In free fall: Breaking up with tea to save economy

Pakistanis love their tea in all flavours. Common Pakistanis also relish the manner in which they sip their tea: they usually pour half a cup into a saucer before slurping the sugary-syrupy liquid. This could go on endlessly through the day on any Pakistani street.

So, when Pakistan’s Planning and Development Minister Ahsan Iqbal “appealed” to his countrymen a couple of weeks ago to cut down on chai and restrict themselves to just two cups a day—in the name of “austeri-tea”—there, obviously, was a backlash; on the streets and on social media. The ministerial suggestion became a butt of jokes, ribald and otherwise.

The brew is not the only storm in the Pakistani cup. The country is besieged with a host of other complex issues from a sinking economy, including a battered currency, a precarious balance of payment situation; opaque national security vis-a-vis a resurgent Tehrik-e-Taliban Pakistan backed by the Afghan Taliban and a seemingly problematic Balochistan; a rudderless policy on Kashmir; a listless foreign policy insofar as America is concerned; to Pakistan’s traditionally bitter internal political rivalry. Prime Minister Shehbaz Sharif has taken a calculated gamble in imposing a ‘super tax’ on the rich. This is a double-edged sword. Much as it may bring in revenue for the cash-strapped government, the measure can turn the wealthy against the ruling coalition at a time when both sides in the National Assembly are preparing for the elections due in August 2023, unless advanced this year.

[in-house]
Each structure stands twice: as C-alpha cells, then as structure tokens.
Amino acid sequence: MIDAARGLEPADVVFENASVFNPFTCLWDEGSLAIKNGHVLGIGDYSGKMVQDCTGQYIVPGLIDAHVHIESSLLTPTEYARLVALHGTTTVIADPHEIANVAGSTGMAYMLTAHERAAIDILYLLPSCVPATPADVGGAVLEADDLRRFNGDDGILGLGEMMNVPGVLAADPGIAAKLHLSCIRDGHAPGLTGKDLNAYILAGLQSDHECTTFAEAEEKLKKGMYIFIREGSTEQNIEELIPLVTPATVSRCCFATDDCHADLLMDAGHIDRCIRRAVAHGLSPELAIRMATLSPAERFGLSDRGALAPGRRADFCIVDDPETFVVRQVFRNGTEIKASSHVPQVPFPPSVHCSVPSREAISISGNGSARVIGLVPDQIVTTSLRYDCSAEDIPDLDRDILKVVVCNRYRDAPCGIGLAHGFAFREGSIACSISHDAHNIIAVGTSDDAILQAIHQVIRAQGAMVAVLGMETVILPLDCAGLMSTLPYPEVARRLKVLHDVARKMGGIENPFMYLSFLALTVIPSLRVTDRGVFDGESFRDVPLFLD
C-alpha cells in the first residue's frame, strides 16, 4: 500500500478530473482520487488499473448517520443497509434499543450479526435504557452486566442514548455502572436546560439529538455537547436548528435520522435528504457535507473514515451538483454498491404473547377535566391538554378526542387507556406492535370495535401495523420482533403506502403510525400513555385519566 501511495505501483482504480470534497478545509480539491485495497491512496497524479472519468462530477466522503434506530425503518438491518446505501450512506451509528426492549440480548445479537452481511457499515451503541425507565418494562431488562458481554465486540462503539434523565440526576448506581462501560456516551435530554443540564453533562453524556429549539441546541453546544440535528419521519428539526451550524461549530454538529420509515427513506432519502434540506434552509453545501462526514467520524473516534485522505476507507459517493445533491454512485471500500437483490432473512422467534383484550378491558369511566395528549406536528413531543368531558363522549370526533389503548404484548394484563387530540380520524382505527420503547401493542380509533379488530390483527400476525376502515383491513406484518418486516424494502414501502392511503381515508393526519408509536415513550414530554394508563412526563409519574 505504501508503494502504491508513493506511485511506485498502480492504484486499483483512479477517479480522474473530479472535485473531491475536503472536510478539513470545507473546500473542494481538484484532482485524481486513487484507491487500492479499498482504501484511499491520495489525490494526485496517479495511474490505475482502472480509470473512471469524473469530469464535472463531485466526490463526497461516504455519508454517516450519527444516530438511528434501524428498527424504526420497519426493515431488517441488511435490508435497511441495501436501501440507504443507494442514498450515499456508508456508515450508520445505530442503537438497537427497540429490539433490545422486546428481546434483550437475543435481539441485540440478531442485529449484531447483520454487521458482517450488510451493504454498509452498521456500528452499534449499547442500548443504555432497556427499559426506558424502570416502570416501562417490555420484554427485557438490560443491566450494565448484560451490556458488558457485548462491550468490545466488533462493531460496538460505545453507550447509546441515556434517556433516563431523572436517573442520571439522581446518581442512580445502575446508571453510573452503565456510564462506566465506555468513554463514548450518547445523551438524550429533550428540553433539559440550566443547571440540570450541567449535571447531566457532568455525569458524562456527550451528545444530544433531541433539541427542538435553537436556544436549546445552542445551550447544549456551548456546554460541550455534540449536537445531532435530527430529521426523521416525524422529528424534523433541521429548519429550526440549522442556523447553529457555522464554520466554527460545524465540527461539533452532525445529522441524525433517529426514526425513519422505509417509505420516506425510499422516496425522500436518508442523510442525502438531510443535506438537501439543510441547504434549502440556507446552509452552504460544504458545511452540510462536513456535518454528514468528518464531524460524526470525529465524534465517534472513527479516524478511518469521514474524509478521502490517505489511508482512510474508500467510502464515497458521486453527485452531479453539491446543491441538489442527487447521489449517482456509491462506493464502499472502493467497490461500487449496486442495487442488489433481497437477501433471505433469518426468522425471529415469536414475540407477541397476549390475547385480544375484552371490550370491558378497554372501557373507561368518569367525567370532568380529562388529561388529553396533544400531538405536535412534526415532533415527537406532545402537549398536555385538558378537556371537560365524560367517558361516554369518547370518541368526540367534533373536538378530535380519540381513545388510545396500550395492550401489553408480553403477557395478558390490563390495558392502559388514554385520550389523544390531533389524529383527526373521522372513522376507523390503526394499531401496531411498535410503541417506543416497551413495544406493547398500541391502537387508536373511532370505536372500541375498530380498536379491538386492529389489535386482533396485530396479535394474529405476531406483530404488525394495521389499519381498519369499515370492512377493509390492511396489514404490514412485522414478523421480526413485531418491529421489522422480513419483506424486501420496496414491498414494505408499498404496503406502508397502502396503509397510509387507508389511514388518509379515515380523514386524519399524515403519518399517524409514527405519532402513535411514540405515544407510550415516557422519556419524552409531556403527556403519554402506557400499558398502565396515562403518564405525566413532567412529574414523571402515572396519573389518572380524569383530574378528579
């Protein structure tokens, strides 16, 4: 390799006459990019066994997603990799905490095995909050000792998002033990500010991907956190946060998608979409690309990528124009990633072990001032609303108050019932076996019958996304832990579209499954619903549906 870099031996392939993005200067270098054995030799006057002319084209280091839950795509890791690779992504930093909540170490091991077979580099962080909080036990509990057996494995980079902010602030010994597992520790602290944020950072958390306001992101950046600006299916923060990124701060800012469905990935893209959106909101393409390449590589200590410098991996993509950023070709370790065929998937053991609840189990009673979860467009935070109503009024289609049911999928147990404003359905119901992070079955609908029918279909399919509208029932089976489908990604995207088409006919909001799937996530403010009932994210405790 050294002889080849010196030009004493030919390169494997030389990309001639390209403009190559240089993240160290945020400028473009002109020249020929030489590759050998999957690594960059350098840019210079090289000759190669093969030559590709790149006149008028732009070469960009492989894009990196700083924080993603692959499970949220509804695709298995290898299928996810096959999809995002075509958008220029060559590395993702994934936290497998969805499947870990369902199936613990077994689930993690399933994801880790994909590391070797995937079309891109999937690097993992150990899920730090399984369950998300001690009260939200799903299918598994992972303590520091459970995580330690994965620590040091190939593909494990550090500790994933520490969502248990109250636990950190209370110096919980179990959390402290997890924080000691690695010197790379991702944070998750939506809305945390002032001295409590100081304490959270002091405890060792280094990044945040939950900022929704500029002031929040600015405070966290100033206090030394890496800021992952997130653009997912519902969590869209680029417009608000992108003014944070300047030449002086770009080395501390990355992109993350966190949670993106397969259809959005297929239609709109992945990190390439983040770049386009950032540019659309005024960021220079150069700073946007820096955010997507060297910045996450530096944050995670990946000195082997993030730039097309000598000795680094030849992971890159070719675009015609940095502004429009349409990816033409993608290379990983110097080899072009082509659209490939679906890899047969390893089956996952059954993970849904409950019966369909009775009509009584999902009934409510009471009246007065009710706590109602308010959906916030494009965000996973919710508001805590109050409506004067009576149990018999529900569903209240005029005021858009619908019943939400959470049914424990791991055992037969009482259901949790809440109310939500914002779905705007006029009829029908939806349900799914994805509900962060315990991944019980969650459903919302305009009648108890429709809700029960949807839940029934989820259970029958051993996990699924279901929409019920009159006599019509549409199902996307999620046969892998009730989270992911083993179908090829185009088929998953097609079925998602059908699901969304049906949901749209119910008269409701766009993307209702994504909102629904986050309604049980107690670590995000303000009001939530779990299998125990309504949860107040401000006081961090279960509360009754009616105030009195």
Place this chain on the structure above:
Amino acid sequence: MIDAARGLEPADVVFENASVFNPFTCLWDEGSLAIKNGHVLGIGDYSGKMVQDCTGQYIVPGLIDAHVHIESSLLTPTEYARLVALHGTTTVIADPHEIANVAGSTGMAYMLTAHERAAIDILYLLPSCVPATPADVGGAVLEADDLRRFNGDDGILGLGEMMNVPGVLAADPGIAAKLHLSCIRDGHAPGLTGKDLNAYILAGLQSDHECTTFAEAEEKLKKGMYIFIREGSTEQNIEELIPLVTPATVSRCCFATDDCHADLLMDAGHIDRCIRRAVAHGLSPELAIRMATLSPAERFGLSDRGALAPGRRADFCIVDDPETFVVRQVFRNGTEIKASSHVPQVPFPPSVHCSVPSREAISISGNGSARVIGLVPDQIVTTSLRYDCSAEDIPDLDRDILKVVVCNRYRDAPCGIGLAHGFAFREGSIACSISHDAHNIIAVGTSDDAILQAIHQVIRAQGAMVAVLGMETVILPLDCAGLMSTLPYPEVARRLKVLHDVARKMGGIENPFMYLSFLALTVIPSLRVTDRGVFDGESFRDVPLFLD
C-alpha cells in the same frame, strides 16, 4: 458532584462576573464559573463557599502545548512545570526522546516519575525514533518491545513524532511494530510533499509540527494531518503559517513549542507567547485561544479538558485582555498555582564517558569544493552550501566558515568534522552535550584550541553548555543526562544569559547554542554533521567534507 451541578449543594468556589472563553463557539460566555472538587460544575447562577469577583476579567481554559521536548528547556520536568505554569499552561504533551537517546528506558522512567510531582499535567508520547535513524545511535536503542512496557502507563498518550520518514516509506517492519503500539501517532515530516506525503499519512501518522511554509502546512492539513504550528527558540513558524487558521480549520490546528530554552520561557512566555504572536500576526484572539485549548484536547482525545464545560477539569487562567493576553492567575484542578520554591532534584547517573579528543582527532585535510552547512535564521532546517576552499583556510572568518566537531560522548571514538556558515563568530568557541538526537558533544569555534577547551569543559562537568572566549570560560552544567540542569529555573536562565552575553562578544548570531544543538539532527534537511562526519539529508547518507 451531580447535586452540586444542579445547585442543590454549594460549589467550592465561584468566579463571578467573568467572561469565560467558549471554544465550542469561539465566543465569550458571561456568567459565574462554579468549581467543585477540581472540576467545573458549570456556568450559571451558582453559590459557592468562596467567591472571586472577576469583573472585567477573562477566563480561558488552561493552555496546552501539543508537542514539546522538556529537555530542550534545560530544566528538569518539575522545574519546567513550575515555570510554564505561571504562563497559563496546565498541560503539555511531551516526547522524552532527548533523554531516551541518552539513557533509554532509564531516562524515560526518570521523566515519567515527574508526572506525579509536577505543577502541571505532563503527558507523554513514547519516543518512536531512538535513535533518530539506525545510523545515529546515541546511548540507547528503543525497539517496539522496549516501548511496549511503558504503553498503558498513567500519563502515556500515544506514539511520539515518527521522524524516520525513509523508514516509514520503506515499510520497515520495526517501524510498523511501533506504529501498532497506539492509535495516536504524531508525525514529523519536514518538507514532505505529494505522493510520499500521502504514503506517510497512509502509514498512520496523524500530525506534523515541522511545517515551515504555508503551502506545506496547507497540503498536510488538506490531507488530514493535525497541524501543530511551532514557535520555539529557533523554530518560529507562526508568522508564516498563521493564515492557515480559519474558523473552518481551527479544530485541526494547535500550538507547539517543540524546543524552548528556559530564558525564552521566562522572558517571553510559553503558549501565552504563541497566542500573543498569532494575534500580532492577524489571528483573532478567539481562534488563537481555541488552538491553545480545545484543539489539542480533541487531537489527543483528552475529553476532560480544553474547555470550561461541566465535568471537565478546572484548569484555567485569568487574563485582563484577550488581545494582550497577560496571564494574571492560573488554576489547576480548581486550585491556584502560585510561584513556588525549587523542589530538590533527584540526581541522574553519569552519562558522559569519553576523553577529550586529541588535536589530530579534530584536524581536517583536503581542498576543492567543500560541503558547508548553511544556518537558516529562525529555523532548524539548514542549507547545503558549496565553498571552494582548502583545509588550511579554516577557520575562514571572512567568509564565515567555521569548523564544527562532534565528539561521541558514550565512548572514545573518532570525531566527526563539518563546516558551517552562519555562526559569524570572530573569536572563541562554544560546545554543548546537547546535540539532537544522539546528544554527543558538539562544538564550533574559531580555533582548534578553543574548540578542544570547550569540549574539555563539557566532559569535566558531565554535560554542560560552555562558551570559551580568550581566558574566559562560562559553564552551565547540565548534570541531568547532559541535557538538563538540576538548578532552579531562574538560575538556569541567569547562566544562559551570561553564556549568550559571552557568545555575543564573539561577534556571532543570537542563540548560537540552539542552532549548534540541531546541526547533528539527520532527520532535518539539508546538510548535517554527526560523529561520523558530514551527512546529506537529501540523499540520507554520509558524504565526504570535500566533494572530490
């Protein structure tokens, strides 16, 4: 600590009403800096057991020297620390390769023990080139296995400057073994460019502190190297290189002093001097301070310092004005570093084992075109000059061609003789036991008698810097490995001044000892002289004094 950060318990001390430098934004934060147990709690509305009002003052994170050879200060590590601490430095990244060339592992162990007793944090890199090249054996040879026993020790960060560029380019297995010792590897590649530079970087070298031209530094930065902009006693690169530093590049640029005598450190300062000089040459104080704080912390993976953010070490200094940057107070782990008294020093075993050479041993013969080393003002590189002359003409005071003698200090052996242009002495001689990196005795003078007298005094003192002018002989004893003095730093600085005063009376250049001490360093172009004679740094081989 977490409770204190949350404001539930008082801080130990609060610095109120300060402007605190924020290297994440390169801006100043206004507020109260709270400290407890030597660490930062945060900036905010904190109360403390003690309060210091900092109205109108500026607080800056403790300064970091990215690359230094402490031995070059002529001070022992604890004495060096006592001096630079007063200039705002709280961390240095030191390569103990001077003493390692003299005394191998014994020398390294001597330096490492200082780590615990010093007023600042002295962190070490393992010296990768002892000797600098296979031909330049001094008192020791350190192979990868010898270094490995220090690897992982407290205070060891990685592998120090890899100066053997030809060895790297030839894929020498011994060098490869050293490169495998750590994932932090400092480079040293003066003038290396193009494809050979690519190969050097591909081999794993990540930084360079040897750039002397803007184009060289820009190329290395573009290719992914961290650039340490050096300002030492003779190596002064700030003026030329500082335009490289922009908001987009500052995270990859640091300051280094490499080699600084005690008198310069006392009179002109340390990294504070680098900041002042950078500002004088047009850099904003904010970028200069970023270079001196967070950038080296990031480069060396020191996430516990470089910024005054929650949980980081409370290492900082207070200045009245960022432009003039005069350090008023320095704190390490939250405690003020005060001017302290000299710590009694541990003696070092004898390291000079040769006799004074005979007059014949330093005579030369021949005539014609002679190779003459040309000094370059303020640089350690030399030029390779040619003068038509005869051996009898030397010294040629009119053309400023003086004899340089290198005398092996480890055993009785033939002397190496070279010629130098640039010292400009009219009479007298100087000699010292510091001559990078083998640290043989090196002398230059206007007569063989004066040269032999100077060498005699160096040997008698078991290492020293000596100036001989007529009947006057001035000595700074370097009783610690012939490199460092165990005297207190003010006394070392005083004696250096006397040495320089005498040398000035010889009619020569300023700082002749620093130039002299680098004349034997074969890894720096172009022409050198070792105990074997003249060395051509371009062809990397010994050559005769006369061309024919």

Meanwhile, Iqbal’s appeal came in the backdrop of a mounting economic crisis. Pakistan has weathered many economic storms but this one appears to have flattened all past recovery curves. On the brink of bankruptcy, the country has not just singled out the humble tea, of which Pakistan is the largest importer in the world—the country imported tea worth Rs 13 billion or $60 million in FY 2021-22—but has flirted with the possibility of cutting down on working days to save on fuel. This alone would help save an estimated $2.7 billion in precious foreign exchange.

“Our broth is a mix of structural, political and geopolitical elements in which governance incompetence coupled with global inflationary tendencies have combined to produce the mess we are in now,” Zafar Habib, an Assistant Professor at the Peshawar-based Institute of Management Sciences, told this correspondent over the phone.